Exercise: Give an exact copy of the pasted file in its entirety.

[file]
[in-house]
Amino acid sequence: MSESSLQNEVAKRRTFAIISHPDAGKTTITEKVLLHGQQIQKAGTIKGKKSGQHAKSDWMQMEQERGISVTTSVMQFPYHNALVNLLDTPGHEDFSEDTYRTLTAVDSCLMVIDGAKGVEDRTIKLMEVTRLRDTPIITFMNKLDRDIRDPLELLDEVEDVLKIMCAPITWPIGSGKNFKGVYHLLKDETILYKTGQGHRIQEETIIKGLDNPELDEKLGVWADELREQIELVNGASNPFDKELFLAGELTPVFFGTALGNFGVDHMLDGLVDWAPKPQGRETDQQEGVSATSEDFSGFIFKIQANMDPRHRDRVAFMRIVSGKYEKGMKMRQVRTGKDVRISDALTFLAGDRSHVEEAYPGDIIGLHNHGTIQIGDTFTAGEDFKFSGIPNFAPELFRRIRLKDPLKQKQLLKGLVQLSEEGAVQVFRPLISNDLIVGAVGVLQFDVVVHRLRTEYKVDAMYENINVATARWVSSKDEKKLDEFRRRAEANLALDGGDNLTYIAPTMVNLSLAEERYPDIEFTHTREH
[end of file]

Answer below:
[in-house]
Amino acid sequence: MSESSLQNEVAKRRTFAIISHPDAGKTTITEKVLLHGQQIQKAGTIKGKKSGQHAKSDWMQMEQERGISVTTSVMQFPYHNALVNLLDTPGHEDFSEDTYRTLTAVDSCLMVIDGAKGVEDRTIKLMEVTRLRDTPIITFMNKLDRDIRDPLELLDEVEDVLKIMCAPITWPIGSGKNFKGVYHLLKDETILYKTGQGHRIQEETIIKGLDNPELDEKLGVWADELREQIELVNGASNPFDKELFLAGELTPVFFGTALGNFGVDHMLDGLVDWAPKPQGRETDQQEGVSATSEDFSGFIFKIQANMDPRHRDRVAFMRIVSGKYEKGMKMRQVRTGKDVRISDALTFLAGDRSHVEEAYPGDIIGLHNHGTIQIGDTFTAGEDFKFSGIPNFAPELFRRIRLKDPLKQKQLLKGLVQLSEEGAVQVFRPLISNDLIVGAVGVLQFDVVVHRLRTEYKVDAMYENINVATARWVSSKDEKKLDEFRRRAEANLALDGGDNLTYIAPTMVNLSLAEERYPDIEFTHTREH